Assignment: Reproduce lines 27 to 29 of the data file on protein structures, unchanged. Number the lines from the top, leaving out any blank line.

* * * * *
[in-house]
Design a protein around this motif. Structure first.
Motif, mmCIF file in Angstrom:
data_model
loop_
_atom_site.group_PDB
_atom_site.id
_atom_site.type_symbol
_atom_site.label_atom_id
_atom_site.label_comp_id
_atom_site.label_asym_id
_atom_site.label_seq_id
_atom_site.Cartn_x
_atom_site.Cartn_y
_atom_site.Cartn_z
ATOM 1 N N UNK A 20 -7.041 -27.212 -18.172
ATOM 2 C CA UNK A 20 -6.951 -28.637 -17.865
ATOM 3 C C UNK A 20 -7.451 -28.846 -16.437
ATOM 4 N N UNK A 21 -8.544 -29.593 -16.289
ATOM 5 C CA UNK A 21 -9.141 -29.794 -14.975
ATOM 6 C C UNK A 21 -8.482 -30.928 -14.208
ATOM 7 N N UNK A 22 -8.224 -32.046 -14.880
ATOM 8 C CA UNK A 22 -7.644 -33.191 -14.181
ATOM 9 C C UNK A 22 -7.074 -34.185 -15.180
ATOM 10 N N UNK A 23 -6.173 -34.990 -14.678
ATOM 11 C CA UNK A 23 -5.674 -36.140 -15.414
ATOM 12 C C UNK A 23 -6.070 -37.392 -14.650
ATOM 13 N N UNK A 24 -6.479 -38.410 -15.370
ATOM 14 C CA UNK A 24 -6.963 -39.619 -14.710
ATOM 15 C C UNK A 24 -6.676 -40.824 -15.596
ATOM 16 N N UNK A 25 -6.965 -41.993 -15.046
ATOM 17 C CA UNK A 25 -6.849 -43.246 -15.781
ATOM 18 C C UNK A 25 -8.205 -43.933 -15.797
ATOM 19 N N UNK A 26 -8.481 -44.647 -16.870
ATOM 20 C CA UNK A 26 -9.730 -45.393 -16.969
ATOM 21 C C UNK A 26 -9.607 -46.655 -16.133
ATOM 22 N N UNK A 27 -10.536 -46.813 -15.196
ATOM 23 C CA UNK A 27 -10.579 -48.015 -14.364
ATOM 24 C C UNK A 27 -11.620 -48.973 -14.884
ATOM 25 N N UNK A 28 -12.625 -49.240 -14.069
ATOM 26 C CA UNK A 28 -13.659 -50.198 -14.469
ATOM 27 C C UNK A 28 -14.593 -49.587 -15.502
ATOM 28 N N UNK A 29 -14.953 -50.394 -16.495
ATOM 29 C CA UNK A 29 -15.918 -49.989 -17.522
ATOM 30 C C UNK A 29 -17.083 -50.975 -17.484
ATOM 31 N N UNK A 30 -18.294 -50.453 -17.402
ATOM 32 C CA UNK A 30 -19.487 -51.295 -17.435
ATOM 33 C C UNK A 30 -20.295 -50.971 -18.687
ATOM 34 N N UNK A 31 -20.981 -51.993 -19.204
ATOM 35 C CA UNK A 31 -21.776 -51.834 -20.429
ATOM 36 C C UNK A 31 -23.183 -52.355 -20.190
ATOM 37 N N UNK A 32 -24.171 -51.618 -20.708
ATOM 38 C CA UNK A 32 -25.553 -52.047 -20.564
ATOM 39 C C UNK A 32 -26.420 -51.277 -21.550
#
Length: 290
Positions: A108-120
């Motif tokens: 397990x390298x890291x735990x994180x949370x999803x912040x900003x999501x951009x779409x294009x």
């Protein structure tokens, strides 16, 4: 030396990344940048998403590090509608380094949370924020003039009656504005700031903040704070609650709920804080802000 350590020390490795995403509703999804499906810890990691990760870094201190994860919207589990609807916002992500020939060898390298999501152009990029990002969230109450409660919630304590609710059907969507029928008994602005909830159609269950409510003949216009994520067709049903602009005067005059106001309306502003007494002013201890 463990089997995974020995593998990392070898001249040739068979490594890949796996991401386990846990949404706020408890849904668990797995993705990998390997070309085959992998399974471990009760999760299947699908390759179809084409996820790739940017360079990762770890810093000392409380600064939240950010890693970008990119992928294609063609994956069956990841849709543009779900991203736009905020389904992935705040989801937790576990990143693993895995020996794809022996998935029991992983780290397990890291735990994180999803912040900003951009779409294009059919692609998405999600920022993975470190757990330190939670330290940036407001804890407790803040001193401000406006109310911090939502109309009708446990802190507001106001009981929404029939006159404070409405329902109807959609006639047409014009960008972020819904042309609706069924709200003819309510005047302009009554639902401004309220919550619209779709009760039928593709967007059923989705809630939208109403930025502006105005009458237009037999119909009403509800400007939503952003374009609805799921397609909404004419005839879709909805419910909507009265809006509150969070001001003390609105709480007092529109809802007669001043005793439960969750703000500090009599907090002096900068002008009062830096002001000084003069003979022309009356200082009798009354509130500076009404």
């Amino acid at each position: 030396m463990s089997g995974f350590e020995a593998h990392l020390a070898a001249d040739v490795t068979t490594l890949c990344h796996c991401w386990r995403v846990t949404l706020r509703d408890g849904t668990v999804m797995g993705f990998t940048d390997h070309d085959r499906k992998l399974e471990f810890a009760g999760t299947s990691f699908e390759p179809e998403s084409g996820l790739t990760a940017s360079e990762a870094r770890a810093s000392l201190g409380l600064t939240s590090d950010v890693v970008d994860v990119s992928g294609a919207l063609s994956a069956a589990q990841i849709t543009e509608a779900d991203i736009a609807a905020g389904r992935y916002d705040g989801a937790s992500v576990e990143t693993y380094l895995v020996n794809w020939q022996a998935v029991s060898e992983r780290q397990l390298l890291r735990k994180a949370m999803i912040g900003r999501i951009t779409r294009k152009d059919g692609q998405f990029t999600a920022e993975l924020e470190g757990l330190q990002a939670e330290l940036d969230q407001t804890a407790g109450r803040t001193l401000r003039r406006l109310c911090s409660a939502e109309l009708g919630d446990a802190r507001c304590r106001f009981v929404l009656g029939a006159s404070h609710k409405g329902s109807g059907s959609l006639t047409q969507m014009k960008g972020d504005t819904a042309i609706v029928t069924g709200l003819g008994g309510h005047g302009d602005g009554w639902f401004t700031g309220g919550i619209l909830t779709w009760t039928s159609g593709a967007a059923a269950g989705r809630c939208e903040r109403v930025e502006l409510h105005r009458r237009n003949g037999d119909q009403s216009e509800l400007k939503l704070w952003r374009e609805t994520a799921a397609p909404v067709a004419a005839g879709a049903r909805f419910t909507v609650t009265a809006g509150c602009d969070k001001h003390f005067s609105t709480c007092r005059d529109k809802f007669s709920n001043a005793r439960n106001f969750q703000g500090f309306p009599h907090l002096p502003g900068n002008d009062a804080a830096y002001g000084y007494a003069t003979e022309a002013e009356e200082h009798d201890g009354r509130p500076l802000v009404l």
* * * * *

ATOM 12 C C UNK A 23 -6.070 -37.392 -14.650
ATOM 13 N N UNK A 24 -6.479 -38.410 -15.370
ATOM 14 C CA UNK A 24 -6.963 -39.619 -14.710